James City County approved $200,000 to fight Dominion power lines
Written by Zach Hardy|
April 2, 2013
The James City County Board of Supervisors approved $200,000 last week to help fight Dominion Virginia Power’s effort to install a power line over the James River from Surrey to Skiffes Creek. The State Corporation Commission will host a hearing for the project beginning April 9 in Richmond, Va.
The State Corporation Commission is a Virginia regulatory agency designed to regulate and oversee utility and insurance companies, railroads and other types of businesses and institutions. Dominion filed an initial application for the power line in June 2012.
James City County administrator Robert Middaugh explained that the money appropriated by James City County will be used to hire lawyers familiar with SCC proceedings and regulated monopolies.
“The biggest part of our cost is for legal expenses,” Middaugh said. “Our county attorney office is great with dealing with zoning and police and things the county deals with but we needed an expert, because the SCC is unfamiliar territory.”
The money has also been used to hire an electrical engineering firm to help the county propose alternate ways of servicing the area’s electricity need.
“Our engineer will help to show the SCC there are feasible alternates that don’t require very unsightly towers across the river,” Middaugh said.
Dominion Power, who declined to comment on the proceedings, determined the proposed route is the most cost effective and long-term solution for servicing the area’s needs.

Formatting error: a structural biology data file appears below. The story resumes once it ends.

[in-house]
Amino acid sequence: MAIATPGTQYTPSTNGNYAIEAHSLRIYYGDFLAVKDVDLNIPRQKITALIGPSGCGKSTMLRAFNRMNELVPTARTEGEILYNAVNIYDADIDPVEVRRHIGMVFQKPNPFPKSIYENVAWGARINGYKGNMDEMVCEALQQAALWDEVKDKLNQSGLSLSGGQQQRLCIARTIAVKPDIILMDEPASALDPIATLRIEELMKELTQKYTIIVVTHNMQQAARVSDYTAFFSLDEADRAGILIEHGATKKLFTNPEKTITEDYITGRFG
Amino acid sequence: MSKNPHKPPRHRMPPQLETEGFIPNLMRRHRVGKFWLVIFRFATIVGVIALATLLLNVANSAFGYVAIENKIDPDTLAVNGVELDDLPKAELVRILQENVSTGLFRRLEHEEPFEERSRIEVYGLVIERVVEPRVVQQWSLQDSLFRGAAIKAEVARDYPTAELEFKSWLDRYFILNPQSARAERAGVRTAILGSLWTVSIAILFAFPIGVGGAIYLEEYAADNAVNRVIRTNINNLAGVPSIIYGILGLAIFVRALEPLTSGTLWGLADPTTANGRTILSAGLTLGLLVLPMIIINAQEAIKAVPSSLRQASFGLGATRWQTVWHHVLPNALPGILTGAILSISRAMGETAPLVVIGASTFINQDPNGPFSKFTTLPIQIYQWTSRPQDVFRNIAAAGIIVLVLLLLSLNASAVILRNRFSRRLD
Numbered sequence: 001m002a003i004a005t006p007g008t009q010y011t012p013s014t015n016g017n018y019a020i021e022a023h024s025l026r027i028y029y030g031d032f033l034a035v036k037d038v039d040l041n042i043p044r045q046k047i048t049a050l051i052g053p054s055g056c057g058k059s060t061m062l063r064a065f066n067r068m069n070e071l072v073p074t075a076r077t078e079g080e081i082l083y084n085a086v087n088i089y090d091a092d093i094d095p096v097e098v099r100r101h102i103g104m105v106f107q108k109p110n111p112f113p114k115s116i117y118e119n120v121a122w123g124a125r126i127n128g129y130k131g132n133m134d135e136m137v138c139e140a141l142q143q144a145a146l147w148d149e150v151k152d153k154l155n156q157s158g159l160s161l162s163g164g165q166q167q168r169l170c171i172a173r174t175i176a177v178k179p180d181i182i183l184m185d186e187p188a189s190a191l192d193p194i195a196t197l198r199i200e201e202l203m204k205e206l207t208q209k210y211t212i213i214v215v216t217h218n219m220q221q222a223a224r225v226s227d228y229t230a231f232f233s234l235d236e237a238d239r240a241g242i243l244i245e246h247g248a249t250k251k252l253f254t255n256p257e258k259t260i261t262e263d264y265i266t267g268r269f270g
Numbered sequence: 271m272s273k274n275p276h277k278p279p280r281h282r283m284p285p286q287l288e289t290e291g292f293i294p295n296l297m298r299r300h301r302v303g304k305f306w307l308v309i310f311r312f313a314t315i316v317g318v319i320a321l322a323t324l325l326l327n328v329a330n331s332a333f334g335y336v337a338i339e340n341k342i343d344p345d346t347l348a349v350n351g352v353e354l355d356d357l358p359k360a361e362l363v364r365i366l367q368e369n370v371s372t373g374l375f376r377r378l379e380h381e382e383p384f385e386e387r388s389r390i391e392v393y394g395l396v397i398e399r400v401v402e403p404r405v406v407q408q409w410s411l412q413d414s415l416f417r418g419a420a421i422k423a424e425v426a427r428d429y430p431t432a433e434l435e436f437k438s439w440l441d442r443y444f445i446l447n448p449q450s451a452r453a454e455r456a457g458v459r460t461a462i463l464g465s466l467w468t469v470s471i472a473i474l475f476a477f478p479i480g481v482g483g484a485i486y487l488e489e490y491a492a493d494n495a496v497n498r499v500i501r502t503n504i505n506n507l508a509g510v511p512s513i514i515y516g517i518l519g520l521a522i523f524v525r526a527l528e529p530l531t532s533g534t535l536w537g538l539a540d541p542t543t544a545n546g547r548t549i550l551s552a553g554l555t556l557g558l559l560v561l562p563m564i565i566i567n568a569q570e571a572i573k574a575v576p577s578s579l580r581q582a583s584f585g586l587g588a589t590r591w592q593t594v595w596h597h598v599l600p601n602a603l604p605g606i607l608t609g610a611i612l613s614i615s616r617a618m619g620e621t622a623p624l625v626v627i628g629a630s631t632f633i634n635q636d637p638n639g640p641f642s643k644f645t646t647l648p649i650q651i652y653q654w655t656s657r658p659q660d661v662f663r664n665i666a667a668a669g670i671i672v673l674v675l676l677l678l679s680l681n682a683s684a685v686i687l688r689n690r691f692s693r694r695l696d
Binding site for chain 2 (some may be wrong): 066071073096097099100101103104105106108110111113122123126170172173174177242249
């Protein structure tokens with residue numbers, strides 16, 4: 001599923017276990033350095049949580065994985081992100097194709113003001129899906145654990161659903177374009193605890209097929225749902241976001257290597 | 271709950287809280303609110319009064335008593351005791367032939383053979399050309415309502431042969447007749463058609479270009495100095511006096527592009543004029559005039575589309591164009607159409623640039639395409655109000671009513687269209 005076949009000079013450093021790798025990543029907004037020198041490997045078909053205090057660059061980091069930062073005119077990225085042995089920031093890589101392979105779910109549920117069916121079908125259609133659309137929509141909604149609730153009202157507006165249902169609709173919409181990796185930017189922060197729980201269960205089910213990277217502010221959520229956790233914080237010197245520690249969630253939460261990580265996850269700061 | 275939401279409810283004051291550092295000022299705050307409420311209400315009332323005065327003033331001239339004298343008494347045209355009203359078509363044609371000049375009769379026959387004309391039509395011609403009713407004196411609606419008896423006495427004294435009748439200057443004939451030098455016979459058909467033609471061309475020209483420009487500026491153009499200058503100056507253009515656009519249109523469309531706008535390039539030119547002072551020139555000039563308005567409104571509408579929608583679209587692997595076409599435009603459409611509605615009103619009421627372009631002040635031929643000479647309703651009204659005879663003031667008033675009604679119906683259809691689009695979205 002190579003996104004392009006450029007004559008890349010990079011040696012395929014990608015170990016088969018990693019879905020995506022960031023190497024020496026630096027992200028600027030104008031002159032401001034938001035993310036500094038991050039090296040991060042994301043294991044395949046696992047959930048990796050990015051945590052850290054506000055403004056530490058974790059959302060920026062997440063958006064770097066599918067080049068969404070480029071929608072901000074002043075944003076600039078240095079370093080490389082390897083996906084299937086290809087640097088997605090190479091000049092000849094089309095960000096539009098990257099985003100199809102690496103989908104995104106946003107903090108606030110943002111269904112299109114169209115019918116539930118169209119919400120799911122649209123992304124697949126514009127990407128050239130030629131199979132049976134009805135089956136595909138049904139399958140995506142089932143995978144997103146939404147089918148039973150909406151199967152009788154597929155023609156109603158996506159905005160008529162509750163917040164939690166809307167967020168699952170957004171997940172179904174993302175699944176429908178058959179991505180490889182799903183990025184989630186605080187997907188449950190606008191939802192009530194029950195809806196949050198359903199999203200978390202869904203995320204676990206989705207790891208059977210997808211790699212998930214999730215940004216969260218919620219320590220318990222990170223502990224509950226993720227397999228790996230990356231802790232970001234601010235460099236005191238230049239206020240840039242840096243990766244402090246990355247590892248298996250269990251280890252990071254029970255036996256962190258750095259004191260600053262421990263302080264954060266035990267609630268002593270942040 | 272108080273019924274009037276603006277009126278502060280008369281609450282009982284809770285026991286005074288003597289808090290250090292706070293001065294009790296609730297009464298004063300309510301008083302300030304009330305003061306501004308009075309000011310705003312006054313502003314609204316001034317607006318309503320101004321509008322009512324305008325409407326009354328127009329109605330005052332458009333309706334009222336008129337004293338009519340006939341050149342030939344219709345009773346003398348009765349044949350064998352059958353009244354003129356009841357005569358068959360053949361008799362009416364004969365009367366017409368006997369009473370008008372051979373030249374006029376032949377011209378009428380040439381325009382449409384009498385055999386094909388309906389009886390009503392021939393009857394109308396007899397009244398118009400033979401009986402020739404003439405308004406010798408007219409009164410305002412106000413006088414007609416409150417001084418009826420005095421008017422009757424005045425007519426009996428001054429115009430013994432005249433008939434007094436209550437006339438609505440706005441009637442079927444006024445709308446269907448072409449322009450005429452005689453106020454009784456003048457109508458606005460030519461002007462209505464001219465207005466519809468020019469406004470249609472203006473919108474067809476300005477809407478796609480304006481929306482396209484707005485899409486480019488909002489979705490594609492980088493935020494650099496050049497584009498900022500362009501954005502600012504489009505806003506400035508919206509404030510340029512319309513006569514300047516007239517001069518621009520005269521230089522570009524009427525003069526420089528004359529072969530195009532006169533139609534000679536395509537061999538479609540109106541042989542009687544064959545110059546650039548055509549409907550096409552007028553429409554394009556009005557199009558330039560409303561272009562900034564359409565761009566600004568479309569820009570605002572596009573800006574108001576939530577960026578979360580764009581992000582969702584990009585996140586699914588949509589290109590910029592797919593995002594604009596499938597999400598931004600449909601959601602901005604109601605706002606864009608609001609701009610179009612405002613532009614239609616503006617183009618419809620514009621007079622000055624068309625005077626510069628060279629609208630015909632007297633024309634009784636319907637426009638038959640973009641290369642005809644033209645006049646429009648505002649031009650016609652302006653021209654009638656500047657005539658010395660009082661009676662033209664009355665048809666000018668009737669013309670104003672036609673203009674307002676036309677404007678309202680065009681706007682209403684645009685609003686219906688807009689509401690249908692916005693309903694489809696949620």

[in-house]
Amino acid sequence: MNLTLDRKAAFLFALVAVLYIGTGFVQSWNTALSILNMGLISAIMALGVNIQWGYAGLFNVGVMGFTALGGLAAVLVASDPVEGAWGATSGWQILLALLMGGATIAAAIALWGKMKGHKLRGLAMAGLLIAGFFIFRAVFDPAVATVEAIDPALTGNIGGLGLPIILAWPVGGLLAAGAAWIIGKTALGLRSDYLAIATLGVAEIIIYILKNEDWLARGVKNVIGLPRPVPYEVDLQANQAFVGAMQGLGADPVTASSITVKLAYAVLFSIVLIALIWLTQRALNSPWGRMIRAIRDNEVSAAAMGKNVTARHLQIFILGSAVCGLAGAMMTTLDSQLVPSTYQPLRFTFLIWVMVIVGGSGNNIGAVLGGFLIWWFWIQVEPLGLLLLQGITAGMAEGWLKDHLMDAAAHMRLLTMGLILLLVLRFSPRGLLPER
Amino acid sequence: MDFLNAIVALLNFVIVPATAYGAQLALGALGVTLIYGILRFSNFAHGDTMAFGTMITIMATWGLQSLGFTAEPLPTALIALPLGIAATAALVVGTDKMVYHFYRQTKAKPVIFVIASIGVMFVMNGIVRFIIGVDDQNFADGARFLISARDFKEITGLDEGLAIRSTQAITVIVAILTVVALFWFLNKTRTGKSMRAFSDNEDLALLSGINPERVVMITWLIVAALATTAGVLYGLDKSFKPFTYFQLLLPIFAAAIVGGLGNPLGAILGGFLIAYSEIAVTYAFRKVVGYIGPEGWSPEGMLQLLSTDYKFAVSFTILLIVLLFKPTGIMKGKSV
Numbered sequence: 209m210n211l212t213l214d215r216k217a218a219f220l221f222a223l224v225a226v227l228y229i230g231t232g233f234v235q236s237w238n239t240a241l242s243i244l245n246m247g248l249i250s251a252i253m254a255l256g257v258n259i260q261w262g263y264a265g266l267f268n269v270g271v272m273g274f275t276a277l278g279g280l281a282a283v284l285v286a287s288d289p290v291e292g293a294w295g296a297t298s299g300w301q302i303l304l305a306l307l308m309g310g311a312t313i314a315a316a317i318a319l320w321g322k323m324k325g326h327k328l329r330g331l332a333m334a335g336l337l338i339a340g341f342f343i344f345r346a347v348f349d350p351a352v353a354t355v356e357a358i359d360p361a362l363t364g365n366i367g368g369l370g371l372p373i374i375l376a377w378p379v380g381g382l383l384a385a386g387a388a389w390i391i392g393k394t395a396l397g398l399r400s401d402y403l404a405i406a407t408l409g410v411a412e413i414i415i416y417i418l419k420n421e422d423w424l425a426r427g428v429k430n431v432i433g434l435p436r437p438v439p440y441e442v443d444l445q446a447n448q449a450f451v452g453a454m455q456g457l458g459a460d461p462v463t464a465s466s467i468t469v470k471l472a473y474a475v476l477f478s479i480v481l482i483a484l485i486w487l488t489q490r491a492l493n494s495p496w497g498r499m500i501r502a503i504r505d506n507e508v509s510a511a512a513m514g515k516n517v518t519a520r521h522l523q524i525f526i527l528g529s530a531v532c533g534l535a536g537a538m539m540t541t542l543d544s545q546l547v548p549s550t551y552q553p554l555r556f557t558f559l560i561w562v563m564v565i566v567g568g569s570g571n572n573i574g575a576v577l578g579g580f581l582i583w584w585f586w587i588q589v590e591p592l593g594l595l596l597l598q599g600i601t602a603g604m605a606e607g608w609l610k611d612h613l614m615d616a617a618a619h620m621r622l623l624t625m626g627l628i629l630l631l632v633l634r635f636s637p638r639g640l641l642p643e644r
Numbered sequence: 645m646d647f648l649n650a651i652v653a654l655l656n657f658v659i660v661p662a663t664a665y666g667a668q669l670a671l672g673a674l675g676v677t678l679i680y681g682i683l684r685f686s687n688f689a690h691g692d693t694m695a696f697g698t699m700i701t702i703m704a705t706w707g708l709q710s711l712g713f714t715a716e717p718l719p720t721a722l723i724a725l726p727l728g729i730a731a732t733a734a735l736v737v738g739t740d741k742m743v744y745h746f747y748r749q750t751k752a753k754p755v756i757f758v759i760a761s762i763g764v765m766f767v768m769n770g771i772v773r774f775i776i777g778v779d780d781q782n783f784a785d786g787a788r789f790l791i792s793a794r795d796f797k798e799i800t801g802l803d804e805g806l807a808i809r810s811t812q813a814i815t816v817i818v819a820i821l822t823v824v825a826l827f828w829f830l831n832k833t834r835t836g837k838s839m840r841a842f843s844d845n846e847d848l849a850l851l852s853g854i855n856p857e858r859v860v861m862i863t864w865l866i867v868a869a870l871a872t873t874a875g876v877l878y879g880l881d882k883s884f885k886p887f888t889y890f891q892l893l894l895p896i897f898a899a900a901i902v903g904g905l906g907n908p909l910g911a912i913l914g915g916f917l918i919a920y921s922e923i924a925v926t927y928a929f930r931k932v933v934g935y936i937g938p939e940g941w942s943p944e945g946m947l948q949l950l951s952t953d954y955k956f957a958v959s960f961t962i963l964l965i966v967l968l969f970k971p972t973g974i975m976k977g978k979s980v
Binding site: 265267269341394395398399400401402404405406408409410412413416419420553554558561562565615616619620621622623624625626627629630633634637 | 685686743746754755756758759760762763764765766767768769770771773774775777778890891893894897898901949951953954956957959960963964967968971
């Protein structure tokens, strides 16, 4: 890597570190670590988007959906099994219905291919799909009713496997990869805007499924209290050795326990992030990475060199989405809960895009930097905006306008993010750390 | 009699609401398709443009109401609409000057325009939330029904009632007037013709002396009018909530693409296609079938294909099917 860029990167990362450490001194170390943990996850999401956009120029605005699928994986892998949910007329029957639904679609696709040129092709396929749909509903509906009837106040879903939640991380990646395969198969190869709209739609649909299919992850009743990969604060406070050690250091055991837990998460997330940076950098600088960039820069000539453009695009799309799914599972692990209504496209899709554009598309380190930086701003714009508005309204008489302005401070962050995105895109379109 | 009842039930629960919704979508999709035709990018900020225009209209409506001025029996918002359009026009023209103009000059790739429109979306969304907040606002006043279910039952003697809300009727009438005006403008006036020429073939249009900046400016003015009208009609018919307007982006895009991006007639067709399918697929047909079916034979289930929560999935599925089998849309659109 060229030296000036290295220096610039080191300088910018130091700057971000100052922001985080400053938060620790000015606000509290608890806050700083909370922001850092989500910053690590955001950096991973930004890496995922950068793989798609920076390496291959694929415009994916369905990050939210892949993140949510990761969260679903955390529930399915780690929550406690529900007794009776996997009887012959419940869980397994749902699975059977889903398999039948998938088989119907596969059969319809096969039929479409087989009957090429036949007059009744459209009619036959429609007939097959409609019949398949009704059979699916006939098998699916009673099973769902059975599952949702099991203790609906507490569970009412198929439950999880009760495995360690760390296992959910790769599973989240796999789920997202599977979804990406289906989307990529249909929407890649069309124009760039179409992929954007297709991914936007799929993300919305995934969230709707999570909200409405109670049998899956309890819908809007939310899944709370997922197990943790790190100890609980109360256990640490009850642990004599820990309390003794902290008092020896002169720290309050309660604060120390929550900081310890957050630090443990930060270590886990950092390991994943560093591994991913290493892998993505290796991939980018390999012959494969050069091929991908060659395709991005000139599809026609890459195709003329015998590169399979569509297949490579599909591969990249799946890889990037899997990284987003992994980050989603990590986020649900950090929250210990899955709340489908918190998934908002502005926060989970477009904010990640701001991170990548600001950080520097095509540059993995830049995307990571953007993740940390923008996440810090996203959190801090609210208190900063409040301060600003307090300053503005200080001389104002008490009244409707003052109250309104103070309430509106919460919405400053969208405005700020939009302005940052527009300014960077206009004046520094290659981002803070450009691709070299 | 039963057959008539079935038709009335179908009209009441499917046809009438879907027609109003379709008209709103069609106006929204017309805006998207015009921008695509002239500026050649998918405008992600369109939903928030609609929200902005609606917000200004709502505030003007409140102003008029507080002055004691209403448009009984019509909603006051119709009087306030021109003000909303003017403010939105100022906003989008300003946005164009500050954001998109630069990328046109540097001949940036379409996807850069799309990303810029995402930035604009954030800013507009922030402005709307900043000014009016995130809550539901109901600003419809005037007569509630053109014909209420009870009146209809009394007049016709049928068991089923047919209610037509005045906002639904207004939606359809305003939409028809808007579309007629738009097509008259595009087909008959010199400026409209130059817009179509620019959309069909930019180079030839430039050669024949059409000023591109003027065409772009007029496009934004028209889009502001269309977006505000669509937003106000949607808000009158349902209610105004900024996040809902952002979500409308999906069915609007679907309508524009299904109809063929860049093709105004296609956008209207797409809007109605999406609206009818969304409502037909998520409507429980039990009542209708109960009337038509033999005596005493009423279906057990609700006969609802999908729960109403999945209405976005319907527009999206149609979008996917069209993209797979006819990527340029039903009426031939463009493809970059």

“A 500kV is not considered to be a viable underground alternative,” the Dominion website said. “Dominion has [also] evaluated multiple 230 kV alternatives, to include a single 230 kV circuit in both an overhead and underground configuration, as well as multiple 230 kV circuits in overhead and underground configurations.”
A photographer was also hired by the county in order to create accurate simulations of what a series of 300 foot towers spread across the river might look like.
The Save the James Alliance, a citizens group started in Kingsmill, have contributed around $80,000 to help defray the County’s expenses.
The College of William and Mary’s Student Environmental Action Coalition protested against the Surry Coal plant in the past, but haven’t taken an active role in protesting the power line.
“We are following the issue, but haven’t taken a stance on it or done any sort of action with regards to it,” SEAC Facilitator Sharon Hartzell ’14 said. “We’ve been focusing on recycling and divestment efforts.”